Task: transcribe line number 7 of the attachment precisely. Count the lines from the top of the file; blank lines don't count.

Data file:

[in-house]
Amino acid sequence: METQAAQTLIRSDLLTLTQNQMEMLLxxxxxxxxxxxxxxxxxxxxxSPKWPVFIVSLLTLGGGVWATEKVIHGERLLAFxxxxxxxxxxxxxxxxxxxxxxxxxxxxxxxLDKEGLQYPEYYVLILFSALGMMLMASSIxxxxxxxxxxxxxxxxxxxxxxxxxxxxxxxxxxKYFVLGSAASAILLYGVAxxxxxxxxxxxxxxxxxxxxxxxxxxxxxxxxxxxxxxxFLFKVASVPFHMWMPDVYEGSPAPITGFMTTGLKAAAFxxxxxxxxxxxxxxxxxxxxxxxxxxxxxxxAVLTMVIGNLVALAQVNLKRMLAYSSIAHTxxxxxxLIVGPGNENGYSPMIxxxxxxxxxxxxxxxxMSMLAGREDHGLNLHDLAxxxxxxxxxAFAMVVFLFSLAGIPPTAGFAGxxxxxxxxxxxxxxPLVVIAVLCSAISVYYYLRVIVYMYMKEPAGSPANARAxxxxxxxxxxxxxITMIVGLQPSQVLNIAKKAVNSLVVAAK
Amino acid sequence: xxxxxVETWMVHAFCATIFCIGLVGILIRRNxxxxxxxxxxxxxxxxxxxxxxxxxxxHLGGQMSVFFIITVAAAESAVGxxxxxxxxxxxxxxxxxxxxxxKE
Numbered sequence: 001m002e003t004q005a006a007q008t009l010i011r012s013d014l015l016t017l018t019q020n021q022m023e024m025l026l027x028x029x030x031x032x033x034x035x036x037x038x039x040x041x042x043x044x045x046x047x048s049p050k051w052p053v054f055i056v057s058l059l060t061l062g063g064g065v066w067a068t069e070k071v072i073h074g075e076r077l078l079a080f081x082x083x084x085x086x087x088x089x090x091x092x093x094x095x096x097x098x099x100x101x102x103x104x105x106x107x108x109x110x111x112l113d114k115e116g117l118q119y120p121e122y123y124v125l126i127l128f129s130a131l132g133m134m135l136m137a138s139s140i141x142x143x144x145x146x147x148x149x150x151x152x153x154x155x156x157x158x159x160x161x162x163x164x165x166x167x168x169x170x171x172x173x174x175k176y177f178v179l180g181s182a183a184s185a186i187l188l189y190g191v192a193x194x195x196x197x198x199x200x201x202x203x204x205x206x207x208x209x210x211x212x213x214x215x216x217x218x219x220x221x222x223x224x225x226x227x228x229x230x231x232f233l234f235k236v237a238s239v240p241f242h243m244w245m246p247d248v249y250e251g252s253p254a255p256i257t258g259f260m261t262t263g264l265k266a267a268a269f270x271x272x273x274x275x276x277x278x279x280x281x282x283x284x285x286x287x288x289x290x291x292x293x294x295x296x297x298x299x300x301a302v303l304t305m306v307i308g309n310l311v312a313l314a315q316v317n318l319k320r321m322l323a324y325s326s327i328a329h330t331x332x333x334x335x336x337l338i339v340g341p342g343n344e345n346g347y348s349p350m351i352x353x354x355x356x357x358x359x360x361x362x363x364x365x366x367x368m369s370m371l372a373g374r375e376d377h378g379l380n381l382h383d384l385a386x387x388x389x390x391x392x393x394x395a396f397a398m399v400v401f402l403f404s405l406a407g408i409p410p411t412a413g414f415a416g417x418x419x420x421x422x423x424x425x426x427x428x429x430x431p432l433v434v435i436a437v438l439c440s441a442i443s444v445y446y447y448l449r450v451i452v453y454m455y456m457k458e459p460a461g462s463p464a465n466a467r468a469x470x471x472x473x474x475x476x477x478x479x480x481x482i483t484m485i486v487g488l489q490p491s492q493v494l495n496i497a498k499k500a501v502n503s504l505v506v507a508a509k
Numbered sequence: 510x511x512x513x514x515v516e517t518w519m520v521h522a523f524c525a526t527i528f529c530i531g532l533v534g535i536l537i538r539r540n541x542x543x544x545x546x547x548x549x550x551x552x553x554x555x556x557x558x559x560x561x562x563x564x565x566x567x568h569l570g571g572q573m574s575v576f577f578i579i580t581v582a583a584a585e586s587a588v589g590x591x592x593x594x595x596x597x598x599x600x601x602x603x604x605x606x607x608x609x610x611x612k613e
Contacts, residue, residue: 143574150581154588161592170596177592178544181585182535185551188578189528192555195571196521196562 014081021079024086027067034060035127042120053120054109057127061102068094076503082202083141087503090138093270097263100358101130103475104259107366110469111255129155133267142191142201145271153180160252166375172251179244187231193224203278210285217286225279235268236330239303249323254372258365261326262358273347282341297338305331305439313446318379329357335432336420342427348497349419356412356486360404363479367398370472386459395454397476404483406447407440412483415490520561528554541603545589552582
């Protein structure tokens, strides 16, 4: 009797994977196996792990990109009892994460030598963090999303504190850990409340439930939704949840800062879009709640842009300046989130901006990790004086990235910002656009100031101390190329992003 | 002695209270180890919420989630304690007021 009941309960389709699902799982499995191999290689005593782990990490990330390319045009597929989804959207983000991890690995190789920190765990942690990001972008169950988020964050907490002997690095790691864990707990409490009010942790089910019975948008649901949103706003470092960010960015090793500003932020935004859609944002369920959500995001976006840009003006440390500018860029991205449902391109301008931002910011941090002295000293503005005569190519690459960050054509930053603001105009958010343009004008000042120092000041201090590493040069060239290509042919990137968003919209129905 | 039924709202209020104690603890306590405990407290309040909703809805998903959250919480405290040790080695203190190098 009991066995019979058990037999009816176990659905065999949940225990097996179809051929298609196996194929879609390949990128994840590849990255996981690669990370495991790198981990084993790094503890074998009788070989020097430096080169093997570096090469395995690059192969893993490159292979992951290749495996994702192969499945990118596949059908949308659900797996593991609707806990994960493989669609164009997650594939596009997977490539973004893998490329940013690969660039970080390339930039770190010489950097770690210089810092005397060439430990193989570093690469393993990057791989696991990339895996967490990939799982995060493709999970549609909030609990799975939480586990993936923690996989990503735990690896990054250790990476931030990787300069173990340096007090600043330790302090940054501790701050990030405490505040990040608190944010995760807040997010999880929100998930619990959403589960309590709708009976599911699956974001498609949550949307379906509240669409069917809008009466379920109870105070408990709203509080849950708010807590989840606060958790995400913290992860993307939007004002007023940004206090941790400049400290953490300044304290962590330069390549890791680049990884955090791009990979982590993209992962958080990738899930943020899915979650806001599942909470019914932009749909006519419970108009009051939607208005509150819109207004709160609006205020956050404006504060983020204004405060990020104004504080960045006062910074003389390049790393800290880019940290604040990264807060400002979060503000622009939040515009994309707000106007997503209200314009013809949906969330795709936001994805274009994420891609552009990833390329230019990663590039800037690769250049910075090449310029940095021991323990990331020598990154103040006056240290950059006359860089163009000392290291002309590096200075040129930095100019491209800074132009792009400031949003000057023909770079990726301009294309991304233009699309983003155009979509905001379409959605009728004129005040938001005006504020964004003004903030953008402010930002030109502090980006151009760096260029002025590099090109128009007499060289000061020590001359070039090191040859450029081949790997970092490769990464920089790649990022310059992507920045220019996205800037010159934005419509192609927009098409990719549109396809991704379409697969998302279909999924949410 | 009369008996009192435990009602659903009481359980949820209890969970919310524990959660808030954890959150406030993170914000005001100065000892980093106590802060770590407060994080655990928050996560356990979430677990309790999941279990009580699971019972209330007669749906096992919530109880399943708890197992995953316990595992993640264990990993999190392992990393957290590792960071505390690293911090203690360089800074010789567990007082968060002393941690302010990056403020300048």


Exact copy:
């Protein structure tokens, strides 16, 4: 009797994977196996792990990109009892994460030598963090999303504190850990409340439930939704949840800062879009709640842009300046989130901006990790004086990235910002656009100031101390190329992003 | 002695209270180890919420989630304690007021 009941309960389709699902799982499995191999290689005593782990990490990330390319045009597929989804959207983000991890690995190789920190765990942690990001972008169950988020964050907490002997690095790691864990707990409490009010942790089910019975948008649901949103706003470092960010960015090793500003932020935004859609944002369920959500995001976006840009003006440390500018860029991205449902391109301008931002910011941090002295000293503005005569190519690459960050054509930053603001105009958010343009004008000042120092000041201090590493040069060239290509042919990137968003919209129905 | 039924709202209020104690603890306590405990407290309040909703809805998903959250919480405290040790080695203190190098 009991066995019979058990037999009816176990659905065999949940225990097996179809051929298609196996194929879609390949990128994840590849990255996981690669990370495991790198981990084993790094503890074998009788070989020097430096080169093997570096090469395995690059192969893993490159292979992951290749495996994702192969499945990118596949059908949308659900797996593991609707806990994960493989669609164009997650594939596009997977490539973004893998490329940013690969660039970080390339930039770190010489950097770690210089810092005397060439430990193989570093690469393993990057791989696991990339895996967490990939799982995060493709999970549609909030609990799975939480586990993936923690996989990503735990690896990054250790990476931030990787300069173990340096007090600043330790302090940054501790701050990030405490505040990040608190944010995760807040997010999880929100998930619990959403589960309590709708009976599911699956974001498609949550949307379906509240669409069917809008009466379920109870105070408990709203509080849950708010807590989840606060958790995400913290992860993307939007004002007023940004206090941790400049400290953490300044304290962590330069390549890791680049990884955090791009990979982590993209992962958080990738899930943020899915979650806001599942909470019914932009749909006519419970108009009051939607208005509150819109207004709160609006205020956050404006504060983020204004405060990020104004504080960045006062910074003389390049790393800290880019940290604040990264807060400002979060503000622009939040515009994309707000106007997503209200314009013809949906969330795709936001994805274009994420891609552009990833390329230019990663590039800037690769250049910075090449310029940095021991323990990331020598990154103040006056240290950059006359860089163009000392290291002309590096200075040129930095100019491209800074132009792009400031949003000057023909770079990726301009294309991304233009699309983003155009979509905001379409959605009728004129005040938001005006504020964004003004903030953008402010930002030109502090980006151009760096260029002025590099090109128009007499060289000061020590001359070039090191040859450029081949790997970092490769990464920089790649990022310059992507920045220019996205800037010159934005419509192609927009098409990719549109396809991704379409697969998302279909999924949410 | 009369008996009192435990009602659903009481359980949820209890969970919310524990959660808030954890959150406030993170914000005001100065000892980093106590802060770590407060994080655990928050996560356990979430677990309790999941279990009580699971019972209330007669749906096992919530109880399943708890197992995953316990595992993640264990990993999190392992990393957290590792960071505390690293911090203690360089800074010789567990007082968060002393941690302010990056403020300048």